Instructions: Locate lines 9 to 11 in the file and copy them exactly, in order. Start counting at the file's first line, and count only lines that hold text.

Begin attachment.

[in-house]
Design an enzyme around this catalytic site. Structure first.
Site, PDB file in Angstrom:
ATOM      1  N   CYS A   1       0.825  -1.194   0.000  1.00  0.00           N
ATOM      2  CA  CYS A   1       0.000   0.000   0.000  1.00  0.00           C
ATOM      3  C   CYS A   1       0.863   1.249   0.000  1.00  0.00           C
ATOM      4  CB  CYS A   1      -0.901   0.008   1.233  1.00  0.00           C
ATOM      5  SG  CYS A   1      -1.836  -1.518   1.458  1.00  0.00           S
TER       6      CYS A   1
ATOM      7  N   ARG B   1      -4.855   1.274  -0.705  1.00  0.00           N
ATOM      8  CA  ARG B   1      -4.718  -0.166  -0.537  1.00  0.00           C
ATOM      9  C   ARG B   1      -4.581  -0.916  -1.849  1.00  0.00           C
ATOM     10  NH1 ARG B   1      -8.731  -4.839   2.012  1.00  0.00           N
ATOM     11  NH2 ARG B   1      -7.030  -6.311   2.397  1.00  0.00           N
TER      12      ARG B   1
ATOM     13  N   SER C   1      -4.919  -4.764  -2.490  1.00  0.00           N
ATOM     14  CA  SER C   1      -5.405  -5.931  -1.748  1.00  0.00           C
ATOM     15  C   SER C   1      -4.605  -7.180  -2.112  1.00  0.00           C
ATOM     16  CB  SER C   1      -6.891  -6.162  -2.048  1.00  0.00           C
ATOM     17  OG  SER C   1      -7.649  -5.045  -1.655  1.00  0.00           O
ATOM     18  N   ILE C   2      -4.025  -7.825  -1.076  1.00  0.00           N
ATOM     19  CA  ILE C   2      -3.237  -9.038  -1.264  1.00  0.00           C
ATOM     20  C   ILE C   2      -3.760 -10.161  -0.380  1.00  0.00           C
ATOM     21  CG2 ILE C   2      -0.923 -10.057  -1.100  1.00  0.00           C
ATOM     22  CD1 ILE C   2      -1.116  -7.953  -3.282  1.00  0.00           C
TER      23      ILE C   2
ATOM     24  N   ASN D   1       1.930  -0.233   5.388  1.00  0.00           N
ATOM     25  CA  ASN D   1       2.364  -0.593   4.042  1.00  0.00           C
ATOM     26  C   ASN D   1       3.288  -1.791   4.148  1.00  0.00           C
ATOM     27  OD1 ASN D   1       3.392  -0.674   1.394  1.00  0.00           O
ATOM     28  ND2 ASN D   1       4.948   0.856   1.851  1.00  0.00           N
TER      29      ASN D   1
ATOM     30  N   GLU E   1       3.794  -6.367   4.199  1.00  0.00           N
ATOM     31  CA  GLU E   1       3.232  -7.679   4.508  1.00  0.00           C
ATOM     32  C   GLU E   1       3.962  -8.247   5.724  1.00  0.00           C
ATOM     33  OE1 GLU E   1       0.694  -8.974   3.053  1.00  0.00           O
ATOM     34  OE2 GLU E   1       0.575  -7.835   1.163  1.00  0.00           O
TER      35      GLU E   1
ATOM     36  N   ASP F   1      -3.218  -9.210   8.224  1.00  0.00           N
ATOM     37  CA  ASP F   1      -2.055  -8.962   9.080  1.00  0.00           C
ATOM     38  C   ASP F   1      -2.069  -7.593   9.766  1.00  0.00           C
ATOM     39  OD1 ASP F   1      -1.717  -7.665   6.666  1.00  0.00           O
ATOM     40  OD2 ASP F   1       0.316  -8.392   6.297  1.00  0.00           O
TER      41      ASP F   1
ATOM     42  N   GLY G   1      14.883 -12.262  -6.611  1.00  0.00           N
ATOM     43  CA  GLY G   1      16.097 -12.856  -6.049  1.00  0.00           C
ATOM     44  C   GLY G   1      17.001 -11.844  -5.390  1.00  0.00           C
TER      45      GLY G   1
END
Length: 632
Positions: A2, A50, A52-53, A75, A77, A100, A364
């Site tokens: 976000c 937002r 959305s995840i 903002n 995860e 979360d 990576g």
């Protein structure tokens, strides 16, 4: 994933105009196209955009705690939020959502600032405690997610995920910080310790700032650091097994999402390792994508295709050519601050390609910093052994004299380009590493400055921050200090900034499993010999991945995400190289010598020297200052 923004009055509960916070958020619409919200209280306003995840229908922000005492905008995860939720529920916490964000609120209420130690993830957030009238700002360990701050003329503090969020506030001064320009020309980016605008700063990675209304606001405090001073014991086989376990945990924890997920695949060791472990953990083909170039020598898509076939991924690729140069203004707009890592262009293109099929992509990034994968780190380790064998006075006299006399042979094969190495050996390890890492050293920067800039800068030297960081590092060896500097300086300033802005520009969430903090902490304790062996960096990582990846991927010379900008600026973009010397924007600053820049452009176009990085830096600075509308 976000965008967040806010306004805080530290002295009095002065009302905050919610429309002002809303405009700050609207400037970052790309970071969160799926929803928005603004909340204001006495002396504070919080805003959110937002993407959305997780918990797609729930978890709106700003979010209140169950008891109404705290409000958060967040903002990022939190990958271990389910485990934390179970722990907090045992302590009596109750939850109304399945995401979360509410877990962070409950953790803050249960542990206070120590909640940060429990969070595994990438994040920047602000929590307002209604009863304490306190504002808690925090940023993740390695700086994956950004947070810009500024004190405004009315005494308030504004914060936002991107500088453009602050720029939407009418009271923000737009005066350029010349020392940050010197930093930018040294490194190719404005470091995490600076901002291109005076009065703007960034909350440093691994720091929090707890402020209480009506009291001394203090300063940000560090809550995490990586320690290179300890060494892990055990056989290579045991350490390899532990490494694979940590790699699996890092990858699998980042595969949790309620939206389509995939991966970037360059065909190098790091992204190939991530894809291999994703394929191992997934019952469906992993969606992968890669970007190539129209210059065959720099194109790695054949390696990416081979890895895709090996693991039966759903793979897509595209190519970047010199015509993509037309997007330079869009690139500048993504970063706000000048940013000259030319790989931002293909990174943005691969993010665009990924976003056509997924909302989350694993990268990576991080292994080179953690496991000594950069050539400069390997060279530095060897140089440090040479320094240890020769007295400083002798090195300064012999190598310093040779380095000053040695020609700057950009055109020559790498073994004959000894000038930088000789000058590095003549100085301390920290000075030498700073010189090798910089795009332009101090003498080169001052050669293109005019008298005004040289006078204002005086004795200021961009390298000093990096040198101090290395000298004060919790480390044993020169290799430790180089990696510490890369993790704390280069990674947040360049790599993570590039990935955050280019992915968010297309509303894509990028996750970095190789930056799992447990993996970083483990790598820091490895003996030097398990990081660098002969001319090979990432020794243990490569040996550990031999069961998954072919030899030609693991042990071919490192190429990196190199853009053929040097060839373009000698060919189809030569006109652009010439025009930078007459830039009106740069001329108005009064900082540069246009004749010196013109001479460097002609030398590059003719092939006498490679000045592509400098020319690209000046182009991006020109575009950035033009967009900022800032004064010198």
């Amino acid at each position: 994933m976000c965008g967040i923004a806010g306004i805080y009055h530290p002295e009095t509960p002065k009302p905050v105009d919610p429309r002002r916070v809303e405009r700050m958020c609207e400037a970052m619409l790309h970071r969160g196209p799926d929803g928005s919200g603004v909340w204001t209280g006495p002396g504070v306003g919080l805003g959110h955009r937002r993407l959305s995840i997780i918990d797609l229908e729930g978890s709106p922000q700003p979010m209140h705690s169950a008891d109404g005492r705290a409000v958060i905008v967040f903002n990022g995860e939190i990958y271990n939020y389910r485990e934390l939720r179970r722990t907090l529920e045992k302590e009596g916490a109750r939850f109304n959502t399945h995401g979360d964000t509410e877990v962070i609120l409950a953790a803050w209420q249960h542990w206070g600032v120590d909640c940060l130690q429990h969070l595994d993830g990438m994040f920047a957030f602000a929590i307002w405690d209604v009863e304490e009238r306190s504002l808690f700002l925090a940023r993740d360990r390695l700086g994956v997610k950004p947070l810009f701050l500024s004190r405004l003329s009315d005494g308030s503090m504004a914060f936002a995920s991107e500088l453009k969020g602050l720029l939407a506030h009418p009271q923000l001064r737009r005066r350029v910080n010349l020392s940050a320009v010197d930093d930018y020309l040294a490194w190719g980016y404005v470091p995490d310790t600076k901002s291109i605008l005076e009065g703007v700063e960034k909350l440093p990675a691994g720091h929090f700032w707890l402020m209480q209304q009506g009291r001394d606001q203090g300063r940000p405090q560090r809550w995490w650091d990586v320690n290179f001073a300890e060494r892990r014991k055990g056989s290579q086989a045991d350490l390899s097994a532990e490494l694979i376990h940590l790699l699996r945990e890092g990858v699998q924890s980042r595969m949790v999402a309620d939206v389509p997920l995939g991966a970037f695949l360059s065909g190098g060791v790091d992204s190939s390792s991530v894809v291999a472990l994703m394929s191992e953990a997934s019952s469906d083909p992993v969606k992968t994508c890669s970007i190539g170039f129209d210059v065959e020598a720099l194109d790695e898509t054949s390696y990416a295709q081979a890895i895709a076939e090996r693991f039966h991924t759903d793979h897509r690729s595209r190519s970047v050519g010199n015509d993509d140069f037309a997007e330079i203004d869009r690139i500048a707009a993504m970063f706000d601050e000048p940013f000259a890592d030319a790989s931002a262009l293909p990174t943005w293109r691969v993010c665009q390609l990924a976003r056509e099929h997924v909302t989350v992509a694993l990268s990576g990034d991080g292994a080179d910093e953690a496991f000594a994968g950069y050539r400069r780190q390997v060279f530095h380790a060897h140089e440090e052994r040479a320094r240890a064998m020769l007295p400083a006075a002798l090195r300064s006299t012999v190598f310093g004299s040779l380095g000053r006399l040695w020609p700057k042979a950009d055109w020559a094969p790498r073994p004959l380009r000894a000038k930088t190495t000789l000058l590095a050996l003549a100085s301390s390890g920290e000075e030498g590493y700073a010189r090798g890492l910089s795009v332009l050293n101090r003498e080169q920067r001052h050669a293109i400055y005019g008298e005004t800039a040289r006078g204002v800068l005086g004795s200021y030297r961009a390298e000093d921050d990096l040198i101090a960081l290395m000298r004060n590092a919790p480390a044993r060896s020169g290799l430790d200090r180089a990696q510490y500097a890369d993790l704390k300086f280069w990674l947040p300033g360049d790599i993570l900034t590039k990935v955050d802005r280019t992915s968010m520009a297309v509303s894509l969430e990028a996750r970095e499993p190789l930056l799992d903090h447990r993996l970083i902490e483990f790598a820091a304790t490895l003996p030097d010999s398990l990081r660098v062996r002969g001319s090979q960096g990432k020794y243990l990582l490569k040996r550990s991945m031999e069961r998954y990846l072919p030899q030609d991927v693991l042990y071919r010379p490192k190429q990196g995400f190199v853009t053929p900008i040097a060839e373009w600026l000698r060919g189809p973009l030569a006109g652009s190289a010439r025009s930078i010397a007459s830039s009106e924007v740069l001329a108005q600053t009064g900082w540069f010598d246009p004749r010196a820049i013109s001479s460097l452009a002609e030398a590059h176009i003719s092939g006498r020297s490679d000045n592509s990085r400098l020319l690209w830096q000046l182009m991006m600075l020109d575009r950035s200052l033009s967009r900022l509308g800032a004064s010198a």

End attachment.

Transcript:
TER       6      CYS A   1
ATOM      7  N   ARG B   1      -4.855   1.274  -0.705  1.00  0.00           N
ATOM      8  CA  ARG B   1      -4.718  -0.166  -0.537  1.00  0.00           C